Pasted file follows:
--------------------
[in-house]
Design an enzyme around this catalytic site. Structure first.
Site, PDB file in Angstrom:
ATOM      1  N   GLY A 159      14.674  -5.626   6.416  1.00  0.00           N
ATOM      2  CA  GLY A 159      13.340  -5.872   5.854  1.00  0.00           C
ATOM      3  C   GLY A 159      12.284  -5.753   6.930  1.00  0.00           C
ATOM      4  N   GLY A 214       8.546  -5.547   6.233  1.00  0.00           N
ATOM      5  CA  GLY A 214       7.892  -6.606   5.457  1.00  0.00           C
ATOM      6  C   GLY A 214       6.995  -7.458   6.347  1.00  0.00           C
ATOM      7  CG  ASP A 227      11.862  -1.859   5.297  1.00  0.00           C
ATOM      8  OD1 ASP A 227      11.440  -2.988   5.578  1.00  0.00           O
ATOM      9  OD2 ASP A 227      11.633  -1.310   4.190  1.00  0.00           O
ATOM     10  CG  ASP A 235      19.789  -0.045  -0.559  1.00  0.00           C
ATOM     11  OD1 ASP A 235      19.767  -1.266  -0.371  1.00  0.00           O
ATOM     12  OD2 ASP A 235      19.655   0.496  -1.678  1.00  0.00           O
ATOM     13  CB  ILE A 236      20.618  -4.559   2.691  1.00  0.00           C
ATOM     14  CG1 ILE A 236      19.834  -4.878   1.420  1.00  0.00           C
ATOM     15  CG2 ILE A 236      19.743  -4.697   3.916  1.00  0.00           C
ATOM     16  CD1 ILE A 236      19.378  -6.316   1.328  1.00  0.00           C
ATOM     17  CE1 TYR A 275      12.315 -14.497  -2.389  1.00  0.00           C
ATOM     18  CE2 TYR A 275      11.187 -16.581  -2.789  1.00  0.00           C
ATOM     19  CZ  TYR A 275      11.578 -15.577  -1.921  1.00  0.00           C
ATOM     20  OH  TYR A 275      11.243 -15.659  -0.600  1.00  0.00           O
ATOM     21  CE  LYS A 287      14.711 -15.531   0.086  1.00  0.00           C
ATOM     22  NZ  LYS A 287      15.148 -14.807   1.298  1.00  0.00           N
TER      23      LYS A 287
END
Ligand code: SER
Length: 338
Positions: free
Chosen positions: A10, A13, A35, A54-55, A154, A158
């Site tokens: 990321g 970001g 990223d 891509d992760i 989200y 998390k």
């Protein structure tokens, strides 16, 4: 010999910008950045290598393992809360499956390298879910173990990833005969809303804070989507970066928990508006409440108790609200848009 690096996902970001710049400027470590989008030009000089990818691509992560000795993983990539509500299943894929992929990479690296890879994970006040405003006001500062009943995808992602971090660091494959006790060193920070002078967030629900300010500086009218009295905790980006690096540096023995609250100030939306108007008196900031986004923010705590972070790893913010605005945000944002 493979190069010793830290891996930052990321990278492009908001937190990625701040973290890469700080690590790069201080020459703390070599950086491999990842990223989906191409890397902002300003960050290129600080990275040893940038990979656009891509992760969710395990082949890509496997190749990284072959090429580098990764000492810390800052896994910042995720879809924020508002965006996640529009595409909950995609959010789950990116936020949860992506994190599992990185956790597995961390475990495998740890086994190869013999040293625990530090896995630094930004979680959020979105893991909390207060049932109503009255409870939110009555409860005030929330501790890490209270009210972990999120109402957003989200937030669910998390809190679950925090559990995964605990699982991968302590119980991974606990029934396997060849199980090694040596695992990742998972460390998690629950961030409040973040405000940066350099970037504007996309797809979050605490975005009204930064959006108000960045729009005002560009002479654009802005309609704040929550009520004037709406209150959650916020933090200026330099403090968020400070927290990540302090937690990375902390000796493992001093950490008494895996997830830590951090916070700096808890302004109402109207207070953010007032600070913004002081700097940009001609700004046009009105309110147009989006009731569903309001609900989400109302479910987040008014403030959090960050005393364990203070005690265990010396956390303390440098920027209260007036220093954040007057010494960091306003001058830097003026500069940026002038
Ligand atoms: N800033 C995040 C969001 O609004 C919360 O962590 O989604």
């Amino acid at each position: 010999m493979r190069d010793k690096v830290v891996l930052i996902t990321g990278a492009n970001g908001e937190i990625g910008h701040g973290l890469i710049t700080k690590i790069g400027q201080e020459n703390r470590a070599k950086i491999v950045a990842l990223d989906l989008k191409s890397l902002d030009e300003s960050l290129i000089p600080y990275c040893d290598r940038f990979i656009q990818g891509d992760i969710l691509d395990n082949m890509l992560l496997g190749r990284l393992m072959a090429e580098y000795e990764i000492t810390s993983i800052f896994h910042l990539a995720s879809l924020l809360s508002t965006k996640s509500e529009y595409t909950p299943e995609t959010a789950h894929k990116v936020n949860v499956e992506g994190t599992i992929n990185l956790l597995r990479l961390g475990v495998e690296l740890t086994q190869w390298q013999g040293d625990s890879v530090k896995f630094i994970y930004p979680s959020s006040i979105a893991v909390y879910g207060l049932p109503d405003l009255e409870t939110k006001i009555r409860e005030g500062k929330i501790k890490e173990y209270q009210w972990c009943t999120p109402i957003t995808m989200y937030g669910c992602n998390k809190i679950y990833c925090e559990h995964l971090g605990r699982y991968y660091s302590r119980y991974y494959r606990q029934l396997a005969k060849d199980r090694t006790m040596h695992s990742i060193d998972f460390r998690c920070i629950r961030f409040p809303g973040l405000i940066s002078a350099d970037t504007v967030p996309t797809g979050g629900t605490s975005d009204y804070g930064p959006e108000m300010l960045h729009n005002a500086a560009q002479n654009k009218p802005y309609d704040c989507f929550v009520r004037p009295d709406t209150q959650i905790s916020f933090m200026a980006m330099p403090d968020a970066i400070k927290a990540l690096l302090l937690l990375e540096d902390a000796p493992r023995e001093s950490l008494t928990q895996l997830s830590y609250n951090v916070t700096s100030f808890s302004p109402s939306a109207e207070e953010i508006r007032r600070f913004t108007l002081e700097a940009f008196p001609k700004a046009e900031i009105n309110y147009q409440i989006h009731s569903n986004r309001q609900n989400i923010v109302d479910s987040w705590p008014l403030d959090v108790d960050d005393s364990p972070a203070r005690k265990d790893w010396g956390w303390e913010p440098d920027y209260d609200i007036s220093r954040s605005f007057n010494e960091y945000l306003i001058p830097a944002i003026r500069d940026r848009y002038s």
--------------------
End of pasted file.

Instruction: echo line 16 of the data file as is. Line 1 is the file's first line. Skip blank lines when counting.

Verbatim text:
ATOM     13  CB  ILE A 236      20.618  -4.559   2.691  1.00  0.00           C